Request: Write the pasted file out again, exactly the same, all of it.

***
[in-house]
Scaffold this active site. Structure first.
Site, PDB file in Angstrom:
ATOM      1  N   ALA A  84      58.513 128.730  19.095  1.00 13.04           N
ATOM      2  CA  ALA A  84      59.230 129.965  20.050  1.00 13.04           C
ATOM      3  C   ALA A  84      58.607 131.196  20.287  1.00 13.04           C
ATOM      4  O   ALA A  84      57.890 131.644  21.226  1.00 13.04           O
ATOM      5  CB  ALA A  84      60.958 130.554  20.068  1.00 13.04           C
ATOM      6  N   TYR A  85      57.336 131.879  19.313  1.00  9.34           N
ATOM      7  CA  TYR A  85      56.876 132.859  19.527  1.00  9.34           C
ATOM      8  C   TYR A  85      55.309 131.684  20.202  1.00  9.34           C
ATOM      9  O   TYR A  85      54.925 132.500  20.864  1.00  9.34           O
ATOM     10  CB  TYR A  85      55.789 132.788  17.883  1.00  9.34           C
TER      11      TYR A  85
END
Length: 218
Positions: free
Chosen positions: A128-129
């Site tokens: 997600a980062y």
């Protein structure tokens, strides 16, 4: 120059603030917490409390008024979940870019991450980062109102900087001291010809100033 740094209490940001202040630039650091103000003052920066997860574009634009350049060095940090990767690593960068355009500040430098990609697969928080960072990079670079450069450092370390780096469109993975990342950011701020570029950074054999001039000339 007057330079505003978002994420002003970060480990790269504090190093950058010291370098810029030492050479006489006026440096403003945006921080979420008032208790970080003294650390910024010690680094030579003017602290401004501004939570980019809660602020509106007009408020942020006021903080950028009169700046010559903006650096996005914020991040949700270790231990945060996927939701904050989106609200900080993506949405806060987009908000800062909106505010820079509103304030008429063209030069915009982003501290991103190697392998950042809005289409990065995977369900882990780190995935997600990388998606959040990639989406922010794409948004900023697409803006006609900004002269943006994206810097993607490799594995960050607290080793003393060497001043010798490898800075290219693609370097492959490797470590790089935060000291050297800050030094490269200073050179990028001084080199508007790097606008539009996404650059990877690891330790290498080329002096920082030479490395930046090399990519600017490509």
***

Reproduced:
[in-house]
Scaffold this active site. Structure first.
Site, PDB file in Angstrom:
ATOM      1  N   ALA A  84      58.513 128.730  19.095  1.00 13.04           N
ATOM      2  CA  ALA A  84      59.230 129.965  20.050  1.00 13.04           C
ATOM      3  C   ALA A  84      58.607 131.196  20.287  1.00 13.04           C
ATOM      4  O   ALA A  84      57.890 131.644  21.226  1.00 13.04           O
ATOM      5  CB  ALA A  84      60.958 130.554  20.068  1.00 13.04           C
ATOM      6  N   TYR A  85      57.336 131.879  19.313  1.00  9.34           N
ATOM      7  CA  TYR A  85      56.876 132.859  19.527  1.00  9.34           C
ATOM      8  C   TYR A  85      55.309 131.684  20.202  1.00  9.34           C
ATOM      9  O   TYR A  85      54.925 132.500  20.864  1.00  9.34           O
ATOM     10  CB  TYR A  85      55.789 132.788  17.883  1.00  9.34           C
TER      11      TYR A  85
END
Length: 218
Positions: free
Chosen positions: A128-129
């Site tokens: 997600a980062y």
């Protein structure tokens, strides 16, 4: 120059603030917490409390008024979940870019991450980062109102900087001291010809100033 740094209490940001202040630039650091103000003052920066997860574009634009350049060095940090990767690593960068355009500040430098990609697969928080960072990079670079450069450092370390780096469109993975990342950011701020570029950074054999001039000339 007057330079505003978002994420002003970060480990790269504090190093950058010291370098810029030492050479006489006026440096403003945006921080979420008032208790970080003294650390910024010690680094030579003017602290401004501004939570980019809660602020509106007009408020942020006021903080950028009169700046010559903006650096996005914020991040949700270790231990945060996927939701904050989106609200900080993506949405806060987009908000800062909106505010820079509103304030008429063209030069915009982003501290991103190697392998950042809005289409990065995977369900882990780190995935997600990388998606959040990639989406922010794409948004900023697409803006006609900004002269943006994206810097993607490799594995960050607290080793003393060497001043010798490898800075290219693609370097492959490797470590790089935060000291050297800050030094490269200073050179990028001084080199508007790097606008539009996404650059990877690891330790290498080329002096920082030479490395930046090399990519600017490509």